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Summer is preparing to make its debut in a few weeks, and along with it, most of us will flock to the outdoors to soak up sunshine and Vitamin D. However, even if we’re using sunscreen and staying hydrated, our fun in the sun can sometimes come at a price; leaving us sapped of all energy the next day—almost like a ‘sun hangover.’ A Texas A&M Health Science Center family nurse practitioner explains why this may happen and how to prevent it.
The skin is the body’s largest organ; a fact we are often unaware of or ignore. Prolonged sun exposure can easily irritate our sensitive skin which creates an inflammatory response that resonates throughout the whole body.
“If you’re sunburned and have inflammation, this happens as a result of your body trying to heal and repair,” said Cindy Weston, DNP, RN, FNP-BC, assistant professor at the Texas A&M College of Nursing. “Your skin is an organ, and when it’s damaged this activates the entire immune system to mobilize and repair it.”
The immune system may respond even if you’re scrupulous about sunscreen use and staying hydrated during outdoor outings. If you’ve ever felt lethargic, achy, or experienced general ‘under-the-weather’ type feelings after sun exposure, this immune response may be the culprit. “We encounter these symptoms because the body is, in a sense, battling an acute infection,” Weston said. “This immune response may present after spending extended time in the sun or when you’re sunburned.”
Weston noted the majority of people aren’t hydrated enough for sweltering days and events with lengthy sun exposure. “You might be well-hydrated before the experience, but you need to say hydrated during the event, too,” she said. “Often times, our beverage of choice will only make things worse—if you’re consuming alcohol or soda the body will dehydrate faster and worsen symptoms. That’s why water is crucial to replenish and hydrate.”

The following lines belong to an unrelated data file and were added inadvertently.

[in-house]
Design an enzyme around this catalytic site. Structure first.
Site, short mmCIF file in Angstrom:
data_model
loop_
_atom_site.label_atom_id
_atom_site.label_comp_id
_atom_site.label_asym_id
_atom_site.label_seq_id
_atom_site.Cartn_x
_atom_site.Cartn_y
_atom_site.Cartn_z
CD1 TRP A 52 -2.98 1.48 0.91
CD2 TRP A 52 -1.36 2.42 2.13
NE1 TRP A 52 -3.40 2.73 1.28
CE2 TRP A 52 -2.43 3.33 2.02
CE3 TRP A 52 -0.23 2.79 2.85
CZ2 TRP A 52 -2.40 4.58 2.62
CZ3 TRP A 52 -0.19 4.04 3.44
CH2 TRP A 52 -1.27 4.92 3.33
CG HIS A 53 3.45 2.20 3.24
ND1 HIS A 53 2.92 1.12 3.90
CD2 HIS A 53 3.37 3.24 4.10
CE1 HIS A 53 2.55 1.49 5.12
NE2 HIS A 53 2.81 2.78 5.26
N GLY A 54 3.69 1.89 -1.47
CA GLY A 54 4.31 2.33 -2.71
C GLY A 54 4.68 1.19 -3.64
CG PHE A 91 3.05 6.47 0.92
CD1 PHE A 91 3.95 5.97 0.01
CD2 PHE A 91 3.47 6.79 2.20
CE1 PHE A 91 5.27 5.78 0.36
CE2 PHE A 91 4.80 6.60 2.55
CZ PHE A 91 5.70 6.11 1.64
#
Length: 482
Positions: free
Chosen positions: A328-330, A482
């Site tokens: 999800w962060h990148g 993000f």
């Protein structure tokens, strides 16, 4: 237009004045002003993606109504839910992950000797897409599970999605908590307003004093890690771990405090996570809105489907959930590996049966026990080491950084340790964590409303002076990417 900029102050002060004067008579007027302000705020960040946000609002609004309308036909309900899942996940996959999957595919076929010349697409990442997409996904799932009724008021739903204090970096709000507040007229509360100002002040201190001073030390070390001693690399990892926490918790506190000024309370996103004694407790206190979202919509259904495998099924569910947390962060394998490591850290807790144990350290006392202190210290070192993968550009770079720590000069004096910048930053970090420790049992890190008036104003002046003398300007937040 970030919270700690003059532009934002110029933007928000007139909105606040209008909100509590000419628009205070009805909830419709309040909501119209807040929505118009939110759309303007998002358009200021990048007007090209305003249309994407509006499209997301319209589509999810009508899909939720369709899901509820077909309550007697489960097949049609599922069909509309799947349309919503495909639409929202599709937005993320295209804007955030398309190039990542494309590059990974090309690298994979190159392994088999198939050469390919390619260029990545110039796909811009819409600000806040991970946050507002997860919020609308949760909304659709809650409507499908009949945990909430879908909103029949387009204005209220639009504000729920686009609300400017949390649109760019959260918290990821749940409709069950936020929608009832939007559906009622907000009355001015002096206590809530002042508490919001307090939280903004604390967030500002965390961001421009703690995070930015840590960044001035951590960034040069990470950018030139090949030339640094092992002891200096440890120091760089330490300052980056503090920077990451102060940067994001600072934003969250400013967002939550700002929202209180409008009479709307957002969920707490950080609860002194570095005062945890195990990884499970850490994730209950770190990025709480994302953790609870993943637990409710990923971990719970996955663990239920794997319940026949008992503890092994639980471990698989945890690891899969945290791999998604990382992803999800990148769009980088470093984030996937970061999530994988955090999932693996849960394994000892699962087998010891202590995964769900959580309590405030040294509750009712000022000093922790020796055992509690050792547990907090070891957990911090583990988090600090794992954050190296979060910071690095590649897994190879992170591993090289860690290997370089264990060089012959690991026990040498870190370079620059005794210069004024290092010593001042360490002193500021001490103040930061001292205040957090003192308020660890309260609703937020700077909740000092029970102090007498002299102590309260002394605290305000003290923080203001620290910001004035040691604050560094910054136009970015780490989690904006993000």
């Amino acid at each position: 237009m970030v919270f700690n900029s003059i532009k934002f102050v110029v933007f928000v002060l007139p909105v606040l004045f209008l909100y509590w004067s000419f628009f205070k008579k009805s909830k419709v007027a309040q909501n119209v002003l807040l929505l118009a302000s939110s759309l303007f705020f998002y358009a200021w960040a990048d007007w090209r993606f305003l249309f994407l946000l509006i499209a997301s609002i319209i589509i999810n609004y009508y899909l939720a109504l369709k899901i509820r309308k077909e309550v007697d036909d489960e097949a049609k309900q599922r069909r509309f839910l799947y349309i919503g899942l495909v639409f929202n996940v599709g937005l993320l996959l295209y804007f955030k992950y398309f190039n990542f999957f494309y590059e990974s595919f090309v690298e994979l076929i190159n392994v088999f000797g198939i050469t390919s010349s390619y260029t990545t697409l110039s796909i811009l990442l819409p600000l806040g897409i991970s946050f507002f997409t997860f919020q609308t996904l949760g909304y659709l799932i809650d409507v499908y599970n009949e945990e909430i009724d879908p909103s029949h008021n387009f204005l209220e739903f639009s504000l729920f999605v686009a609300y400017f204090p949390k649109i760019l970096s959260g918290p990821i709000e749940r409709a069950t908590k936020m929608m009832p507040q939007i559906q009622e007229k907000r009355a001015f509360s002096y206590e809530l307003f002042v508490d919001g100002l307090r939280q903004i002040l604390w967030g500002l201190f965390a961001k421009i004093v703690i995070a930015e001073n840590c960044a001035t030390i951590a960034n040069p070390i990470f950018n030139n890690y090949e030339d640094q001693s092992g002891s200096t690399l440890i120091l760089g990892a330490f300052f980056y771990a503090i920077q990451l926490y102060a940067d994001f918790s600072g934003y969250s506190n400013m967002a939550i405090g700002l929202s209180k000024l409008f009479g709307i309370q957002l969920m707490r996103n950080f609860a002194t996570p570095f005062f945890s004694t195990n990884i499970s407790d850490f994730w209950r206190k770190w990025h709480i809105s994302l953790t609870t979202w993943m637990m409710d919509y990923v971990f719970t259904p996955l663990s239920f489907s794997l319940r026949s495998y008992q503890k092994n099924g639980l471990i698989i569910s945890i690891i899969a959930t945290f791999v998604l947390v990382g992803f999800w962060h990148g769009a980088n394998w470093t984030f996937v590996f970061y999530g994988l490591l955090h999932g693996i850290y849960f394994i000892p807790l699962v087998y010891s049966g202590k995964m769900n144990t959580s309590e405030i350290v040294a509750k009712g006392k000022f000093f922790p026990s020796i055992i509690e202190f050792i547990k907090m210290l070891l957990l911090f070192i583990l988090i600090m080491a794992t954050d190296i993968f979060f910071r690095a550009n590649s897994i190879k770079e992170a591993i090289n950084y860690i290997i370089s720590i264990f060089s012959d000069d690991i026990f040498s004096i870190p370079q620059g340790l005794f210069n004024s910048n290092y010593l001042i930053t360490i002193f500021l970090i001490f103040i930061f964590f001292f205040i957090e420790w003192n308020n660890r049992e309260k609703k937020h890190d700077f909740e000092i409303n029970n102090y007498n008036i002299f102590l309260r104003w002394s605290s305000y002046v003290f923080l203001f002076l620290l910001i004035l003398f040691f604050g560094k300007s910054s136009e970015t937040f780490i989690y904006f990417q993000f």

Modern innovations have aided in encouraging the public to consume more water, specifically products like CamelBak backpacks and water bottles. [pullquote align=”full” cite=”” link=”” color=”” class=”” size=””]“Carrying your CamelBak or water jug has become a staple in our culture,” Weston continued. “Water should always be the best accessory you carry during hot weather.”[/pullquote]
Important to know, if you’re thirsty you’re already extremely dehydrated. Weston said depending on the temperature and heat index—and how long you plan to be outside—you should be drinking anywhere from a half to a full liter of water an hour to keep the body hydrated.
Using sunscreen before and during all outdoor activates can also help prevent many of these feelings of ‘sun sickness.’ Weston stressed always using a minimum of 30 SPF for appropriate UVA/UVB protection, and she personally uses 50 SPF while outside in any sunny weather. It’s best to stay in the shade between 10 a.m. and 4 p.m., and remember UV protection for your eyes with a good pair of sunglasses.
“Protecting the skin is key, through both diligent sunscreen use and wearing appropriate clothing for prolonged sun exposure,” she said. “Light, long sleeves are best and companies make so many breathable fabrics now. Sometimes, these fabrics are just as comfortable as wearing a tank top.”
Certain medications may increase your skin sensitivity, upping the chances of feeling drained after a day in the sun. Some antibiotics like Bactrim or Tetracyclines can make the skin predisposed to sunburn, and, in rare cases, anti-inflammatory medications like ibuprofen which are used to treat sunburn can actually cause your skin to be more sensitive to the sun.
For mild ‘sun hangover’ symptoms, Weston said you should always catch up on your fluids and take anti-inflammatory medications to alleviate any ‘tired and run-down’ feelings. “It’s imperative that you re-hydrate yourself,” she said. “To soothe your skin, you should take cool showers or baths and use pure Aloe Vera gel on any sensitive spots.”
So, what happens if you’ve taken all these precautions and your skin still turns red and angry? Rehydration is the most important treatment for a sunburn. “Not many people realize how much additional fluid you must take in while sunburned. When the skin is exposed to or damaged by the sun it loses water quickly,” Weston said. “The number one treatment for a burn patient is hydration, and, sunburns that blister are actually second-degree burns. When this happens, you need to be evaluated by a medical professional.”
Media contact: Dee Dee Grays, firstname.lastname@example.org, 979.436.0611